One thing that I love about living in a rural area like this is the decreased importance of money. I don't mean that people don't need it. I mean that showing it off isn't a big priority.
I would actually say that people here stress about money more than in larger areas where opportunities are more plentiful. Here a full-time job is often considered three part-time jobs cobbled together in hopes of making a decent salary. Those jobs don't offer benefits, sometimes are only temporary, and most often pay little. Housing is still expensive, and you have to drive everywhere to get supplies, making off time that much more important, which can be hard to get when you work so much. You can get supplies in the valley, but it's going to cost you dearly, so over the hill we all go every week.
One thing that I noticed growing up here is that the people with money don't particularly drive nice cars. An old, diesel Mercedes, Subaru hatchback or pickup truck is considered just fine, thanks. They live on 3-million-dollar properties, but the worth is in land -- in fact, they live in a small, one-bedroom former barn. Clothing is vastly functional and not necessarily attractive. I haven't seen a pair of designer jeans in years.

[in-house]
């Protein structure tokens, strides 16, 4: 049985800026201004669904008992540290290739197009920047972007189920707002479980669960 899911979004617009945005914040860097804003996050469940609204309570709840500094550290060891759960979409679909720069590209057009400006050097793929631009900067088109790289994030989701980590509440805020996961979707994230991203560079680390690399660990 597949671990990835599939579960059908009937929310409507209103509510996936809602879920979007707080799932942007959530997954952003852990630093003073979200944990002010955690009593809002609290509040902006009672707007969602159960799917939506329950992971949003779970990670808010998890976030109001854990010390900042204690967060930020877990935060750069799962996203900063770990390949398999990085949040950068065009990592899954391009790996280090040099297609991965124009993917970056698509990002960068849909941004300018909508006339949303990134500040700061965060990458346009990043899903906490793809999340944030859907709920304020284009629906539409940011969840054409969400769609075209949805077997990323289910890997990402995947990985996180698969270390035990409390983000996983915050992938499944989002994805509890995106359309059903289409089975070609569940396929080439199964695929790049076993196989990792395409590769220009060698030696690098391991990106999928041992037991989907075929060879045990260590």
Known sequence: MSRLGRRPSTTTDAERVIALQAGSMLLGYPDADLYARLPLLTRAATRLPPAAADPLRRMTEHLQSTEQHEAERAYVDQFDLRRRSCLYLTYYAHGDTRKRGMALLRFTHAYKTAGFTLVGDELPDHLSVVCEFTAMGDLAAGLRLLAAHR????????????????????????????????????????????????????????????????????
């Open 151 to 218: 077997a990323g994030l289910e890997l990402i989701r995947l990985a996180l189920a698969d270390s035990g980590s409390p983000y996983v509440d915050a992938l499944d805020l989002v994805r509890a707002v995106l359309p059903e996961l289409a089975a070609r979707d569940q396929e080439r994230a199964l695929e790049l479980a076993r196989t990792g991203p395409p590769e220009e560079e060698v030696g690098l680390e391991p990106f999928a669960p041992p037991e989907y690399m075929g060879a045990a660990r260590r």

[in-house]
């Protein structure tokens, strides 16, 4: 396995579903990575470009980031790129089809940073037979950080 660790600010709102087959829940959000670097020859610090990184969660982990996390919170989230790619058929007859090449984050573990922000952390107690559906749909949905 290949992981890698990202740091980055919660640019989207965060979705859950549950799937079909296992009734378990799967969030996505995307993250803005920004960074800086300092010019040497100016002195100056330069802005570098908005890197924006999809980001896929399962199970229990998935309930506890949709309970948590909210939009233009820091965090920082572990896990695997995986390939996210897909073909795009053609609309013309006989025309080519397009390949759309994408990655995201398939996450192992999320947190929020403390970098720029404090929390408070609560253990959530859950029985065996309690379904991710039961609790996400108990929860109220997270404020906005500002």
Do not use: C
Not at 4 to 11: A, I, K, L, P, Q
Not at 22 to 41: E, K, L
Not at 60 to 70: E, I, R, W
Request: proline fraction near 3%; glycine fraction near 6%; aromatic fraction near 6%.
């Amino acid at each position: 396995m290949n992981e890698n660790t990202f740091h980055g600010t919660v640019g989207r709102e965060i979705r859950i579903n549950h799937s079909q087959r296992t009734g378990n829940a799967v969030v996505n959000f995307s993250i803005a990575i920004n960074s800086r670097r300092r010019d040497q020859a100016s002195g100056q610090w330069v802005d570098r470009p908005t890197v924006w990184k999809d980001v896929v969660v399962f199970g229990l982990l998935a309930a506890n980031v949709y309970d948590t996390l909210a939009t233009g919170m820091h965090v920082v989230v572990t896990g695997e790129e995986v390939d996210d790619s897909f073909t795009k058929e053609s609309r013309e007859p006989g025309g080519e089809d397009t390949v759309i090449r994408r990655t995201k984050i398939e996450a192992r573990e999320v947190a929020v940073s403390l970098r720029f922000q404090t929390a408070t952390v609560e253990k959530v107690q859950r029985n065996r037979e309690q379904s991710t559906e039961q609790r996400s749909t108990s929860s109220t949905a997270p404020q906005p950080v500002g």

I've found that, moving here, my need to buy things has decreased as well. I wasn't a huge spender before, nor did I have a label fetish, but I did burn through a decent stack of cash each month, purchasing things and eating out. A lot of it was for work, but here it's different. Not only do jobs where heels or suits are required, well, not exist, but people just don't care as much about your new stuff. Also, if you buy new stuff that's too delicate or nice, it's likely to just be ruined within the month.
I've got a stack of high heels in my closet that I never wear. Why? For one, I'll break my ankle tromping around gravel and the vineyard in them. For another, I'll just ruin them. This same principle applies to cars (mine has tan leather - if I had known I'd move back so soon, I would have gone with another choice) and a myriad of other things.
I'm sure that part of this is a different mentality about money that comes from either years of living places where you simply don't see or have no use for nice things, and an attitude about materials goods stemming from the 70's back-to-the-landers. A big dose of it's practicality, but it still is an interesting study in human behavior and thought patterns.
As for me, I chose jeans and boots today. Between the gravel, putting out and taking in signs, and the wet, muddy Labrador that's my coworker, it just seemed easiest. When these boots become so dirty and scuffed that they no longer serve their purpose, I'll start thinking about buying new ones.